i can not speak for linux  user but xp64 and uqm runs flawless...
thanks ,
Ven
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Re: UQM on Gentoo linux amd64
« Reply #10 on: October 20, 2005, 02:31:13 pm »

Yes, if you run the 32 bits UQM on a 64 bits system that can also do 32 bits mode, it will work. But it isn't possible yet to run UQM compiled for 64 bits natively.
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Re: UQM on Gentoo linux amd64
« Reply #11 on: October 20, 2005, 02:55:10 pm »

right via the WOW64 emulator ... but none the less what a great game  i cant seem to name my ship  and captain  or to get my remixes to work they seem to work when i installed the game and even after the "time mod" but when i  installed  ship editing mod to try to rename my ship it defualted back to  the original 3do sfx.. is this happening on 32 bit systems as well?
 am i doing something wrong with the mods or is it a 64 bit emulation bug ?
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Re: UQM on Gentoo linux amd64
« Reply #12 on: October 20, 2005, 03:37:44 pm »

You can change the name of your ship and captain in the options menu. No need for mods.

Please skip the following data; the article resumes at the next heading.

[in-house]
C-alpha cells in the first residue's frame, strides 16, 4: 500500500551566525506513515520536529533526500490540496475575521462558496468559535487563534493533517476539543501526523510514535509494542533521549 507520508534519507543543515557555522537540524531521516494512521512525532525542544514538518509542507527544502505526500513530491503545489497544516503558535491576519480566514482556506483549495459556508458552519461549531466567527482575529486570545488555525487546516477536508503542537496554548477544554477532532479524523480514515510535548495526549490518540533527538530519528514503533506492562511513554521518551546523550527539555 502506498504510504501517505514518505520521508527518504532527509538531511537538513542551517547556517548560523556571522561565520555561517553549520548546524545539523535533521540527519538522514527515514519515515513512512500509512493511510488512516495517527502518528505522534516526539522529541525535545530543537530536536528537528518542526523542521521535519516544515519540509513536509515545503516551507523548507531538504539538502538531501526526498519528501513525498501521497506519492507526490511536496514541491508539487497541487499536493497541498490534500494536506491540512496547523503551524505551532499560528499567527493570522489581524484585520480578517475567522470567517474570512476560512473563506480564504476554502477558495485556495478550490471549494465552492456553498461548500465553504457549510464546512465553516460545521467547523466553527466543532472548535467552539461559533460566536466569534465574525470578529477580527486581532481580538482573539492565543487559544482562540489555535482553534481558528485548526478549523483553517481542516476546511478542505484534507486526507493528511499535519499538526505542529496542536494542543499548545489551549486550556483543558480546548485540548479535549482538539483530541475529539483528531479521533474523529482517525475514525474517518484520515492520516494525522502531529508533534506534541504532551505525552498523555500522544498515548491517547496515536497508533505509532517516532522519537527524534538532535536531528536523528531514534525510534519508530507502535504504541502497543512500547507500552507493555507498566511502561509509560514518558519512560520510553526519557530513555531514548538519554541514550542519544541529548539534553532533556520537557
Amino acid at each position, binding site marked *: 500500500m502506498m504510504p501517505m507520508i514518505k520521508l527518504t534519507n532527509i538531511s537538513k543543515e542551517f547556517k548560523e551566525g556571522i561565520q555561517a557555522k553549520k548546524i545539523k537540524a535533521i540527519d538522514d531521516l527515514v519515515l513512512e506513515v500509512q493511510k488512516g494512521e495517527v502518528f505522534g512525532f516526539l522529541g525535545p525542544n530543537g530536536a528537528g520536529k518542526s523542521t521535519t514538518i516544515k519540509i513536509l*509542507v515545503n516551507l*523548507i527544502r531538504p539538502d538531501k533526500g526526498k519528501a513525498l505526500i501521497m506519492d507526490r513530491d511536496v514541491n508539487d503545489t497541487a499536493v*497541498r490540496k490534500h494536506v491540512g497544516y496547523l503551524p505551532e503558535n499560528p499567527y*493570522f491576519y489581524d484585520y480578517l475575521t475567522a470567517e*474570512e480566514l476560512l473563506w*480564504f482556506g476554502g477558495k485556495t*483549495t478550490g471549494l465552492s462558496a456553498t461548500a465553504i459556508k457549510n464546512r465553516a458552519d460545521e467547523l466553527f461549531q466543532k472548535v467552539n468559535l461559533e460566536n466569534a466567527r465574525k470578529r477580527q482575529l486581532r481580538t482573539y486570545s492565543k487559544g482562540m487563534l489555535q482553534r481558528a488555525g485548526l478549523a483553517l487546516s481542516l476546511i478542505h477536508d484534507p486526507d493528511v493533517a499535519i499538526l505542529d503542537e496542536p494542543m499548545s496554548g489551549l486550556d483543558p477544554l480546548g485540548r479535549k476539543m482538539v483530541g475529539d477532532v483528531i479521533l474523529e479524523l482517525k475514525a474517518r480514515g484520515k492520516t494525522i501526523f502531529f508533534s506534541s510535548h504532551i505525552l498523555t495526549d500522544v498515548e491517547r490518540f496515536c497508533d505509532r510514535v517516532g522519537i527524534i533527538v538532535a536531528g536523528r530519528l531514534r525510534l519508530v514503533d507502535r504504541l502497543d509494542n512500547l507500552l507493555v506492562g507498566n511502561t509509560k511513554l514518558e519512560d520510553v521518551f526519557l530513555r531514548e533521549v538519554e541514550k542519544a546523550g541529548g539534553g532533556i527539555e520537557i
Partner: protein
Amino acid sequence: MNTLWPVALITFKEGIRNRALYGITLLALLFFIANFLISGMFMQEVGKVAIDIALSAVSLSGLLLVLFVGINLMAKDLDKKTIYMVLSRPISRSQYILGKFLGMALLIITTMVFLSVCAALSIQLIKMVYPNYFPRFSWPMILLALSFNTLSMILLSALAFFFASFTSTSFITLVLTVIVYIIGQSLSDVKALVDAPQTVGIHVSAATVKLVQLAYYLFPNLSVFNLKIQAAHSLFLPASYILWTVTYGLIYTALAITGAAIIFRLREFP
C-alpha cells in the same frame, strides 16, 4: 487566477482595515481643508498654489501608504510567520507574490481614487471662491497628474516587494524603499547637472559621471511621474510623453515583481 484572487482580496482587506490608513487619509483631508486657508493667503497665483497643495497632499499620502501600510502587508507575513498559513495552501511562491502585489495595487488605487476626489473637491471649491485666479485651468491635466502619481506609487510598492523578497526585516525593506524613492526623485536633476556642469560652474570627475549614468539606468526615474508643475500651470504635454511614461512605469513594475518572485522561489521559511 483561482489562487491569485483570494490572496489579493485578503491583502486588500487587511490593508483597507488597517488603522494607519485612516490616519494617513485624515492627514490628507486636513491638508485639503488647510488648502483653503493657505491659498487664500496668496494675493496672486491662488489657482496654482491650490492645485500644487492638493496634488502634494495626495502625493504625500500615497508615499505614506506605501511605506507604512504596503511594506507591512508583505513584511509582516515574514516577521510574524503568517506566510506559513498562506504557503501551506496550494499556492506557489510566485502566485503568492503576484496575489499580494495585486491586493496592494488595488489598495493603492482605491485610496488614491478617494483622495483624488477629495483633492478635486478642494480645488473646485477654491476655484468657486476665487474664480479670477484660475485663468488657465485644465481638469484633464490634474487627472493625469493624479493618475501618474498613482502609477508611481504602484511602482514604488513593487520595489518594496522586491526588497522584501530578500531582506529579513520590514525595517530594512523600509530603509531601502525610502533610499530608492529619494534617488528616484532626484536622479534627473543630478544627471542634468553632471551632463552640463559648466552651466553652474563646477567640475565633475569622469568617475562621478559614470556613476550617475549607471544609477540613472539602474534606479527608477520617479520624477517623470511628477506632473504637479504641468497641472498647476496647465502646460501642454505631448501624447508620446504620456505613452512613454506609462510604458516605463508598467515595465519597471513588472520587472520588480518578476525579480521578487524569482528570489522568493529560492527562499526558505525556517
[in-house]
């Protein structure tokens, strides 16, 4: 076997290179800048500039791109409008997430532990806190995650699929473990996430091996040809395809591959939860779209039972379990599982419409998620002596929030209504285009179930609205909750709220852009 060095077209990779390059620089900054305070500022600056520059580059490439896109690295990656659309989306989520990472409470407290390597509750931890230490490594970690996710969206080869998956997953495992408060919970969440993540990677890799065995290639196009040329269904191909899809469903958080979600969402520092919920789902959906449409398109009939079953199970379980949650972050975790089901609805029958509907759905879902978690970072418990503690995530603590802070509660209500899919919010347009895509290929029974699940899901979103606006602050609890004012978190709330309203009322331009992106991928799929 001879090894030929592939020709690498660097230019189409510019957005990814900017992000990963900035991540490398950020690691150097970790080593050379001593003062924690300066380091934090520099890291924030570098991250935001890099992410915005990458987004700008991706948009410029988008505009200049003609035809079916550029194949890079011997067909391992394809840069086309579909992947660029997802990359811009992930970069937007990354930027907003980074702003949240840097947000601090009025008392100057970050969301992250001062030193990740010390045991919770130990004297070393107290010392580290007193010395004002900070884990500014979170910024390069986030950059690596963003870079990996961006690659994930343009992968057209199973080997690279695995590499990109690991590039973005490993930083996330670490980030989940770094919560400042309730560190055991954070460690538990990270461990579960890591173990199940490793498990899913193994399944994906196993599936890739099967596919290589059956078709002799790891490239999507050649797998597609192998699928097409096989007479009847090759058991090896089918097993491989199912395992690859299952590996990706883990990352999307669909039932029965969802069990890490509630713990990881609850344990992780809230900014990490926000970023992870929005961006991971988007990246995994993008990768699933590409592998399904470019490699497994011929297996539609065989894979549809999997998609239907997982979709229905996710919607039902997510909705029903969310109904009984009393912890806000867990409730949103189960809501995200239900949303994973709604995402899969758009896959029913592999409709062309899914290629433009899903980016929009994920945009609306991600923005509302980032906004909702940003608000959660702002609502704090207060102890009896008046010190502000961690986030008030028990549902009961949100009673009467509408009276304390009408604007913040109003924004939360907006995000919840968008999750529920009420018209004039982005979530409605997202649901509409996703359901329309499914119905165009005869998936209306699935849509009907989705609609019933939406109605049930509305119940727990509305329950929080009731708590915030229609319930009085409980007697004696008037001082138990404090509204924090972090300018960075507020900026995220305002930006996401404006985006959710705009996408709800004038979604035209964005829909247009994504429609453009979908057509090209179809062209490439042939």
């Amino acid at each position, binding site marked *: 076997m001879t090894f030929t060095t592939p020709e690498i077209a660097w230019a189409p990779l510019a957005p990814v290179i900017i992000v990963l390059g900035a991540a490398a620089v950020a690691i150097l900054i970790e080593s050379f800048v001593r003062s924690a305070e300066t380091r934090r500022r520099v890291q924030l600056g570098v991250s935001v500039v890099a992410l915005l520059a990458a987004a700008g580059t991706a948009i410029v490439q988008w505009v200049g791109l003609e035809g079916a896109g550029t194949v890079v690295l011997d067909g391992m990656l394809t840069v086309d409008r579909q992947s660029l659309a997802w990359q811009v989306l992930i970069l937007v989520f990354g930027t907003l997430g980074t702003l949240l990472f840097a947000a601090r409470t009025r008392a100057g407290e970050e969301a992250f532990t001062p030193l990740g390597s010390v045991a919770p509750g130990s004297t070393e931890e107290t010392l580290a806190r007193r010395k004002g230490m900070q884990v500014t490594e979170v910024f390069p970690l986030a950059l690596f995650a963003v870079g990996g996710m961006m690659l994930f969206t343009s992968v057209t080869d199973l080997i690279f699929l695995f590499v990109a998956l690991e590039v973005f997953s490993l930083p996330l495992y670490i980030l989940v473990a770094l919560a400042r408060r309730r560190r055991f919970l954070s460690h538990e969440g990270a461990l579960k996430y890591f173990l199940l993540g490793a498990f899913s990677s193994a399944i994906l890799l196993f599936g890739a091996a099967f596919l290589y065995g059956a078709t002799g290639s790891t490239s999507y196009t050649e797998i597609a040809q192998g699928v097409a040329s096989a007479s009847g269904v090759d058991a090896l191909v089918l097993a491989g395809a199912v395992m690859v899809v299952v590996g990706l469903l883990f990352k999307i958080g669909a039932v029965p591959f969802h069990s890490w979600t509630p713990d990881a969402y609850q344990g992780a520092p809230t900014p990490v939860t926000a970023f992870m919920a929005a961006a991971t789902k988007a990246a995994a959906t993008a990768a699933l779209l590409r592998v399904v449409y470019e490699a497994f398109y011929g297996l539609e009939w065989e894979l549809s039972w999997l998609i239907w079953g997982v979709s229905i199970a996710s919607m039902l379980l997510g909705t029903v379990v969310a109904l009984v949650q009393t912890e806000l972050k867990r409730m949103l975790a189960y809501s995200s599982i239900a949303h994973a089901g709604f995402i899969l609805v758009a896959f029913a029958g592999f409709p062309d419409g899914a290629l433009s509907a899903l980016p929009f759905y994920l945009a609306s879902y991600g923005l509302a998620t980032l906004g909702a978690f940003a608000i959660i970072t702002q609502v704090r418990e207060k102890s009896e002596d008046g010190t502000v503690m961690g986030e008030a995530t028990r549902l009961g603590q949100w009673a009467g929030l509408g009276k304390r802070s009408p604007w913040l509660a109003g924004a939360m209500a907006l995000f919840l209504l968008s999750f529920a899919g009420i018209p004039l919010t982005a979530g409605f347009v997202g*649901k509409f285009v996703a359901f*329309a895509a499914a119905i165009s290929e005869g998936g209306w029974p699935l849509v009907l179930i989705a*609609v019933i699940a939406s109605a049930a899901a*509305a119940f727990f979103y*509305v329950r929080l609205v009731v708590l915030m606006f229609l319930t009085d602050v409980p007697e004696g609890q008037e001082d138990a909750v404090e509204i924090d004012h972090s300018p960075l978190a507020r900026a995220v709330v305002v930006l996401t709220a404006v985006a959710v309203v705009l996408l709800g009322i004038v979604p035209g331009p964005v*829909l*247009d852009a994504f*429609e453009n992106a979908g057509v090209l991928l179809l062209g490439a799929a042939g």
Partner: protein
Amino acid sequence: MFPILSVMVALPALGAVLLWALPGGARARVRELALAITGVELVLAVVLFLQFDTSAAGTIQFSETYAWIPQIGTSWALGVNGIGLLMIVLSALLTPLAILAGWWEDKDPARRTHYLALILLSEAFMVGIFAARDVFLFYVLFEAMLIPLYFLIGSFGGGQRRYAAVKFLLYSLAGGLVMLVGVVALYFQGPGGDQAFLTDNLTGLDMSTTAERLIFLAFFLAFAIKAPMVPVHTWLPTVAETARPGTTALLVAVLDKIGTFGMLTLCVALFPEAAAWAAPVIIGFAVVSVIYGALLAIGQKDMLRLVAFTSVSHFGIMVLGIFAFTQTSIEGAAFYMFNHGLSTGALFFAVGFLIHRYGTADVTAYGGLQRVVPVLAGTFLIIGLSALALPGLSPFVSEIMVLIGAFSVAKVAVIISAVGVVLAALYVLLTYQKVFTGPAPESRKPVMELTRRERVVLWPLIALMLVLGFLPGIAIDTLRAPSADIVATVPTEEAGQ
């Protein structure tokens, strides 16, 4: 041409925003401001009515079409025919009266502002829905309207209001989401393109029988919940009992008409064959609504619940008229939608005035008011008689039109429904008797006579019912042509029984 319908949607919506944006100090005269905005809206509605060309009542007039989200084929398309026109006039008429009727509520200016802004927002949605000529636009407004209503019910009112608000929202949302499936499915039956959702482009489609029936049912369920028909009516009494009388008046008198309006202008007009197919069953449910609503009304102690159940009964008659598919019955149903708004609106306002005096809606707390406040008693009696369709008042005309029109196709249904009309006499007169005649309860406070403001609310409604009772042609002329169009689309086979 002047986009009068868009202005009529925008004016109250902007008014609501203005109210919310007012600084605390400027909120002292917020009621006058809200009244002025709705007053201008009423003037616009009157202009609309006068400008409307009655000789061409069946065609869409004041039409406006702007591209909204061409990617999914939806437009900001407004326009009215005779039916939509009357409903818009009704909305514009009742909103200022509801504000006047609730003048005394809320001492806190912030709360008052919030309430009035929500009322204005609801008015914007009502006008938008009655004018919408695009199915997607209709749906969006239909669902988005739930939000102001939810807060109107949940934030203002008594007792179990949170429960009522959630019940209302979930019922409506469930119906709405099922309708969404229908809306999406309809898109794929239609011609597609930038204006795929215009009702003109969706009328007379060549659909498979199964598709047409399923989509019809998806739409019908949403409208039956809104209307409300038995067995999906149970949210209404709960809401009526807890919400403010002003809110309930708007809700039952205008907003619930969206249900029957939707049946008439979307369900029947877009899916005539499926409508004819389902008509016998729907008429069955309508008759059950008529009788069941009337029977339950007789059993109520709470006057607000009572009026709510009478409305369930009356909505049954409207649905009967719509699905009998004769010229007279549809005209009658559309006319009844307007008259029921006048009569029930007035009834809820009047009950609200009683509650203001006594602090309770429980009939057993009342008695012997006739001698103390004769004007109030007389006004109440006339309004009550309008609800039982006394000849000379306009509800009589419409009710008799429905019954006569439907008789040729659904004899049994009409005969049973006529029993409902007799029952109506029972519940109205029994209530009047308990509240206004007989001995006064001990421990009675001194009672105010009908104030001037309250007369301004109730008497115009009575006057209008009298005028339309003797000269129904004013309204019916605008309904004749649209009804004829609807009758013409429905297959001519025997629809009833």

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Re: UQM on Gentoo linux amd64
« Reply #13 on: October 20, 2005, 04:54:47 pm »

i outsmarted my self again ..all working perfectly now ... the remixes really do the game a bit more justice they are awesome  and give the game a fresh new feeling..

but put it in the books uqm is perfect on xp64
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Nate
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Re: UQM on Gentoo linux amd64
« Reply #14 on: October 20, 2005, 09:46:28 pm »

meep-eep,

is this what you mean by storing a pointer in an int?

(remember im a c++ guy for now  Grin )

   std::cout << "try to store a pointer in an int..." << std::endl;
   int * int_ptr;
   int test;
   int test2 = 34;
   int * int_ptr2; = (int *)test;
   
   int_ptr = &test2;
   std::cout << "test2: " << test2 << std::endl;
   std::cout << "int_ptrs address: " << int_ptr << std::endl;

   test = (int)int_ptr;
   std::cout << "is tests value the same? : " << std::hex << test << std::endl;

   int_ptr2 = (int *)test;
   std::cout << "int_ptr2 takes tests new value..." << std::endl;
   std::cout << std::dec << *int_ptr2 << " should be: " << test2 << std::endl;

now my box is 64 bit so I used the flag -m32 at compile time to get this to work.  i got a segmentation fault, of course, without it.